This Article examines the intersectionality of transitional justice and international criminal justice. In particular, the Article evaluates the impact of criminal justice and accountability mechanisms to address serious international crimes in post-conflict transitions on the broader transformative goals of strengthening the rule of law, restoring public confidence in the criminal justice system, fostering reconciliation, and, thereby, achieving sustainable peace. Looking at Nepal as a case study, the Article seeks to answer whether transitional justice can succeed in restoring the rule of law in Nepal in the absence of a meaningful criminal justice process. Through a comparative analysis of transitional justice experiences elsewhere, the Article argues that transitional justice cannot succeed in Nepal without a credible and robust criminal justice process that both delivers justice and accountability for victims of past abuses, and signals a commitment on the part of the State and political elites to the rule of law for the future.
In Nepal, transitional justice has thus far failed to move the country closer toward the rule of law and sustainable peace. The culture of impunity that was at the root of the conflict remains firmly in place and continues to act as an impediment to real progress. The political establishment has recently made overtures toward reinvigorating a thus-far unsuccessful transitional justice process that may include criminal accountability measures to address gross human rights abuses committed by both sides during the conflict. This renewed interest presents a critical opportunity to reevaluate the process to date in order to improve its chances for success moving forward.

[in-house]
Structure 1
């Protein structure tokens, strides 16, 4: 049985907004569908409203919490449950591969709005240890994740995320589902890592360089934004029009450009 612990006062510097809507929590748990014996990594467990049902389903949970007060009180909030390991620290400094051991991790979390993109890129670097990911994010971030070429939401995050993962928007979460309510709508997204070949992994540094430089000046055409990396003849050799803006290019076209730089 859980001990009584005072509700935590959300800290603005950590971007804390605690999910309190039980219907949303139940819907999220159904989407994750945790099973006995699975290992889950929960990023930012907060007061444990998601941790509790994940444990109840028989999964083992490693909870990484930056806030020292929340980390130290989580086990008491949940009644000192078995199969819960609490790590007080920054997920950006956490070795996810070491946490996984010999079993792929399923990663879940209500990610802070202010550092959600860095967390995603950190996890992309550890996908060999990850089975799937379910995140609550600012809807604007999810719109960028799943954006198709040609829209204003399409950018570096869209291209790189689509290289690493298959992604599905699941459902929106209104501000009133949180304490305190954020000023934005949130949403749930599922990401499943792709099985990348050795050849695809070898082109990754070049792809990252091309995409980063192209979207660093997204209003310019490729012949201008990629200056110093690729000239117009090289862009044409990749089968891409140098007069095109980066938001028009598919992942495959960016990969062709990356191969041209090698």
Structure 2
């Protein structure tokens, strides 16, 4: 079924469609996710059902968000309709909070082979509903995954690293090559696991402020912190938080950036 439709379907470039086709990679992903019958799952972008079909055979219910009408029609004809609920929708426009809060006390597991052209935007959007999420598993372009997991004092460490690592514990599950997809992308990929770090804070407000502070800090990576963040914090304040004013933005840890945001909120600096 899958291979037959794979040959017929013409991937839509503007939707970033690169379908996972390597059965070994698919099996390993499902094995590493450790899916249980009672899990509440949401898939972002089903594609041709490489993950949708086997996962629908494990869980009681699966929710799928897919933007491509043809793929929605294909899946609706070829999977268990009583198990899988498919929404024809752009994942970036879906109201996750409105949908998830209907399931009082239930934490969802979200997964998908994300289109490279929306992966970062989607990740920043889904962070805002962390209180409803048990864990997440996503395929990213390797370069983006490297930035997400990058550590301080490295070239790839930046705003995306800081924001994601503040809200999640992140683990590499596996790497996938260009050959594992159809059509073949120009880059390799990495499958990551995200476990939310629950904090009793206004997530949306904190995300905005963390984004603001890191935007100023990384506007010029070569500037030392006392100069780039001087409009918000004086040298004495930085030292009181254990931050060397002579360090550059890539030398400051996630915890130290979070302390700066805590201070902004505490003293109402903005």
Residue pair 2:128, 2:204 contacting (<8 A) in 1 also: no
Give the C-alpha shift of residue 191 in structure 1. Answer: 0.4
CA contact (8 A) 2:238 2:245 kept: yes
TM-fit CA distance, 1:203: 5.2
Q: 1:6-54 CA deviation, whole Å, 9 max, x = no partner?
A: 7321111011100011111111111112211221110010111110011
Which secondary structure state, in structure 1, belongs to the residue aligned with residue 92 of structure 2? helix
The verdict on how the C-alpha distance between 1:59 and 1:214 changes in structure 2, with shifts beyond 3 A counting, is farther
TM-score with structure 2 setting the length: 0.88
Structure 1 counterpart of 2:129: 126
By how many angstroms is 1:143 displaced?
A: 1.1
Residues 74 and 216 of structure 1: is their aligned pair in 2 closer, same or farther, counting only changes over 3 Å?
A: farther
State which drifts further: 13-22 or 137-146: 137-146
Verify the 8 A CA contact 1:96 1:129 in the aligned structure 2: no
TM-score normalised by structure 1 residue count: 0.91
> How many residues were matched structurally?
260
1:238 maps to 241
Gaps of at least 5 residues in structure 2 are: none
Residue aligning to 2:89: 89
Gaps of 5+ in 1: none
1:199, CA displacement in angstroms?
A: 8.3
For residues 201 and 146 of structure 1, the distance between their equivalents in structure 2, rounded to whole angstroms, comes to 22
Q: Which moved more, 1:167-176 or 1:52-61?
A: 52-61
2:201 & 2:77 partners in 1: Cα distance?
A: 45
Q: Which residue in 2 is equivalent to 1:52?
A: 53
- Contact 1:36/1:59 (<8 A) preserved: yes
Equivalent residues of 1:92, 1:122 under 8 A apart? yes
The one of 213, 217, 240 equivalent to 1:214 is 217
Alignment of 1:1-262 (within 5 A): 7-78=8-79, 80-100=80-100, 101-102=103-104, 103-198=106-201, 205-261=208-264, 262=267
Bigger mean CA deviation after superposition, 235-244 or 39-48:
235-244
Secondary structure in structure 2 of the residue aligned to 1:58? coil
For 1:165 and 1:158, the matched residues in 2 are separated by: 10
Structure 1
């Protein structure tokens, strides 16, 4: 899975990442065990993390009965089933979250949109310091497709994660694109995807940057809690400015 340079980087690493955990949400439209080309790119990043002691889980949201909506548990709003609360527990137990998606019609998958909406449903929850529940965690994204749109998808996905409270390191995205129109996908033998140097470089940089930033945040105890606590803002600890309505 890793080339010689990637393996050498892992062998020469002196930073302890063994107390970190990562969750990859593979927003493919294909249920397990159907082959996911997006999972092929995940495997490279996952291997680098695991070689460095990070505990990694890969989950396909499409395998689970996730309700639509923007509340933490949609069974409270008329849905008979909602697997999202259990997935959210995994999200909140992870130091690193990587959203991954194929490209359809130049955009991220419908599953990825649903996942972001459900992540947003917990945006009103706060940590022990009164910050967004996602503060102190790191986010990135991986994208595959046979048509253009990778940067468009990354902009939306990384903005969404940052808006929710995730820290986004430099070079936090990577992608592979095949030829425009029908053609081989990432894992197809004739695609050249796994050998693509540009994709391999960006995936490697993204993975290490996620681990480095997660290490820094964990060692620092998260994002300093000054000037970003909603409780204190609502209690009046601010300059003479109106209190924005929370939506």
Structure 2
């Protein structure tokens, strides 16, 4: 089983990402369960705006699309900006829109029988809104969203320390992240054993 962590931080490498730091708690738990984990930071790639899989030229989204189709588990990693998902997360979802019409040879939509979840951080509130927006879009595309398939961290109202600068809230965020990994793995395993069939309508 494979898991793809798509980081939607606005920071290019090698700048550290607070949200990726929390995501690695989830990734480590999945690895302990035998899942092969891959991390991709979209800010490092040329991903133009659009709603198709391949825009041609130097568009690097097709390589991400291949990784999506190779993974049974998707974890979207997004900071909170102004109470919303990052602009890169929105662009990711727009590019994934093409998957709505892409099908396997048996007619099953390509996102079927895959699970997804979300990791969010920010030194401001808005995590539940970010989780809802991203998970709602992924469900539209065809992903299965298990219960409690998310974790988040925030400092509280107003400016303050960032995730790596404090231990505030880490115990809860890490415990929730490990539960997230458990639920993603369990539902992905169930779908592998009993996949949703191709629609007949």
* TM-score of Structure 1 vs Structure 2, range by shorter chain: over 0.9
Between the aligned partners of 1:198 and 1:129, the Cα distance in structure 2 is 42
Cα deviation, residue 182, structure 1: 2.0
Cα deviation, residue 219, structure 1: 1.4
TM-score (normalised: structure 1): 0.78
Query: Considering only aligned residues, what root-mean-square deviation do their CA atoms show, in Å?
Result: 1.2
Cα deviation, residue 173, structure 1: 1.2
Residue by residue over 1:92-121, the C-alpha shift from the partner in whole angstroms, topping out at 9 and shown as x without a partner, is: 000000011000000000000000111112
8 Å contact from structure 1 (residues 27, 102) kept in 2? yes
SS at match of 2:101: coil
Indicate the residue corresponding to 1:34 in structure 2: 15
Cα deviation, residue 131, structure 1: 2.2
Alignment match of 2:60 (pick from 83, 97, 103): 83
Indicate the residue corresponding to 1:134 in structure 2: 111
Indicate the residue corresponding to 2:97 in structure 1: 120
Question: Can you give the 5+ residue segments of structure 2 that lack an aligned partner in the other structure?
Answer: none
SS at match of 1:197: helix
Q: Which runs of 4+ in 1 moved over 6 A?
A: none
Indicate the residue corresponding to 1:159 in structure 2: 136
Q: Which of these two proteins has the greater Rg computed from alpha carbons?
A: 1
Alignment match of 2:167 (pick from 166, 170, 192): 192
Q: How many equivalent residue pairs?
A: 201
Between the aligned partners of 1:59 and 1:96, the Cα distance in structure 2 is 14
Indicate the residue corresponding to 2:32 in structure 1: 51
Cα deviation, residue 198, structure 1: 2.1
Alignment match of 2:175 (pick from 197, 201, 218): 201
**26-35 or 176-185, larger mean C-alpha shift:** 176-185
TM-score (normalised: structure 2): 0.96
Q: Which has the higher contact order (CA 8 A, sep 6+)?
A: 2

The success of transitional justice in Nepal is critical not merely for its own future, but for its regional value as well, as a potential roadmap for neighboring countries dealing with their own post-conflict transitional justice and impunity issues. To date, South Asia has decidedly little or no “good practice” examples for combating impunity for serious international crimes or mass atrocities through meaningful accountability processes. Nepal is at a pivotal juncture in its own transitional justice journey and still has an opportunity to serve as the long-awaited “good practice” model for the region.
Finally, scholarship focusing on Asian transitions, and particularly South Asian transitions, is noticeably sparse. There is remarkably little or no in-depth scholarly literature on post-conflict justice and accountability in South Asia. While the international human rights community has documented extensively the alleged atrocities committed in various contexts in South Asia, systematic scholarly analyses of the successes and failures in addressing these crimes are less available. This Article attempts to begin filling this void.